Speedlites are great for lighting smaller subjects like people and things, but when you get outside and need to light bigger subjects you need lots of Speedlites or maybe it’s time for studio pack, or a different approach.
A full system + 3 more Speedlites
I recently shot this quick picture of a Mini using just three Speedlite 600EX-RT flashes controlled with a Speedlite ST-E3-RT. The resulting image shown is not possible to shoot in one frame with Canon’s radio flashes – but would in theory be possible with the older optical wireless system.
Canon radio Speedlite flash system only supports 16 devices; 15 slaves, 1 masterI used a couple of Manfrotto super clamps with spigots and umbrella swivels to mount two of the three Speedlite 600EX-RTs partway up a tall light stand, and the third flash was right at the top. I added sandbags on the stand as that’s a lot of money to come crashing to the ground from almost 4 metres up in the air. I then moved the stand for each of the six pictures.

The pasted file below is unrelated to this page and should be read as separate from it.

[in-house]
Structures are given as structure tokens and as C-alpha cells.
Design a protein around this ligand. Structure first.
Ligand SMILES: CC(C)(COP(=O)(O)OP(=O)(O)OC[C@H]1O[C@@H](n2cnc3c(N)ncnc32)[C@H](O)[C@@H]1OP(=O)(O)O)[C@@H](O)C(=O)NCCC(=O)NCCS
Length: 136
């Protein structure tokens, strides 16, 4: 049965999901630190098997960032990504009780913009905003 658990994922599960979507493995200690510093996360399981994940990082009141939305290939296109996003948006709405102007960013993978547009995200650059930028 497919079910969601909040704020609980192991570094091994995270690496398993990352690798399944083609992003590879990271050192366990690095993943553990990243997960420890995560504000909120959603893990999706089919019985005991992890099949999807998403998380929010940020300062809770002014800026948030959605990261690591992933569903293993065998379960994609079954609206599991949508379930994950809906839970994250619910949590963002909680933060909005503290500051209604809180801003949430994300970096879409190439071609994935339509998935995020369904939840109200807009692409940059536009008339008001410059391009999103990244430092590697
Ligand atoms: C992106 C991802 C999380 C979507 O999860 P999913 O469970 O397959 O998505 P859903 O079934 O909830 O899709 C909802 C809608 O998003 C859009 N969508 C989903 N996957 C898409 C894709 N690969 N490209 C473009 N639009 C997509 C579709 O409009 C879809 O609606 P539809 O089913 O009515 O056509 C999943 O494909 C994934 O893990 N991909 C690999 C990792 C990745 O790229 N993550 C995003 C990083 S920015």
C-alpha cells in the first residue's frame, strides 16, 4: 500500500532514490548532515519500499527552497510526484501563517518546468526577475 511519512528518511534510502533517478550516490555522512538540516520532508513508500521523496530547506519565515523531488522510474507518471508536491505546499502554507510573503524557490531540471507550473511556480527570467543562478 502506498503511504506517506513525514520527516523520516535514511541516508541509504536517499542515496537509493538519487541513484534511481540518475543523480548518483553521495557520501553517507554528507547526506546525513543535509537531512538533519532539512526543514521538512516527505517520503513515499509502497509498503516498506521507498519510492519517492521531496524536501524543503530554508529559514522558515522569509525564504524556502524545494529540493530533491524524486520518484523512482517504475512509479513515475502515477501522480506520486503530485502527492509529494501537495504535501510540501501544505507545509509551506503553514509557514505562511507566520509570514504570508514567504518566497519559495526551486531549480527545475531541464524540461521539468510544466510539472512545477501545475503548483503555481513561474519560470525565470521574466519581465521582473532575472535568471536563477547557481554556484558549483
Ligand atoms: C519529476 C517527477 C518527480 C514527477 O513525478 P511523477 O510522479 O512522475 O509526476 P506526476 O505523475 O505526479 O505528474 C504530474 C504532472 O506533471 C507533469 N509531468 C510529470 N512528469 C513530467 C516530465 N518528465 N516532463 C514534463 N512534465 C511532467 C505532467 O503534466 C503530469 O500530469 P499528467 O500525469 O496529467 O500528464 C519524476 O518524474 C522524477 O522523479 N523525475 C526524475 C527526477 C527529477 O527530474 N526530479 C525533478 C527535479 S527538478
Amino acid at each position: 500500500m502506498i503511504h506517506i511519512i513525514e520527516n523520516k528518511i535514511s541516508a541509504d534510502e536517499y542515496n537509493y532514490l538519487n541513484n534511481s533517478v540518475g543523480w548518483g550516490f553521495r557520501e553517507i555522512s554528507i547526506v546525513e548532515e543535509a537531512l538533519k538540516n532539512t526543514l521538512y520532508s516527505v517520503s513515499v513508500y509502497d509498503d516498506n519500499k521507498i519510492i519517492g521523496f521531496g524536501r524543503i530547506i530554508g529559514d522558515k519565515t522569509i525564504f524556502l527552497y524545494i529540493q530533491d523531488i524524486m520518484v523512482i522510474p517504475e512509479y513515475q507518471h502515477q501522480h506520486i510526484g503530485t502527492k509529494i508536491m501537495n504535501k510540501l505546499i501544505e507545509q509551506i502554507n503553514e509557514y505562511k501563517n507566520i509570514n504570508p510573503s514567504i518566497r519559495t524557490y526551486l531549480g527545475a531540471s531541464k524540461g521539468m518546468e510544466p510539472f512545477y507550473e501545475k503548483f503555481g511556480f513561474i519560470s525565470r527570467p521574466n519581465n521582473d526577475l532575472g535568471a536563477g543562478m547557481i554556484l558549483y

The car was parked on a grass lawn which wasn’t quite flat hence the movement in the height of the lights from one shot to the next. Speedlites were each zoomed to 70mm and set manually from the ST-E3-RT to 1/8th power. For each move of the light stand I used another light stand as my guide to keep the spacing consistent.
Camera was set to manual 1/200s, f/5.6 ISO 100, locked on a tripod then triggered with a TC-80N3 remote release. I had to run back and forth to move the lights, then take a shot, then run back, move the lights etc.. Though afterwards I thought I could have used the TC-80N3 to take a sequence of six pictures spaced at 40-second intervals.
I layered the six pictures in Photoshop, converted them to a single smart object and then blended the stack of images using the maximum option. There was a slight lift of the exposure on the car and some darkening of the foreground.
Many thanks to David and Allan for helping out with this shoot 🙂
No doubt the eagle eyed will notice the lens flare from some of the flashes – I must clean my lens.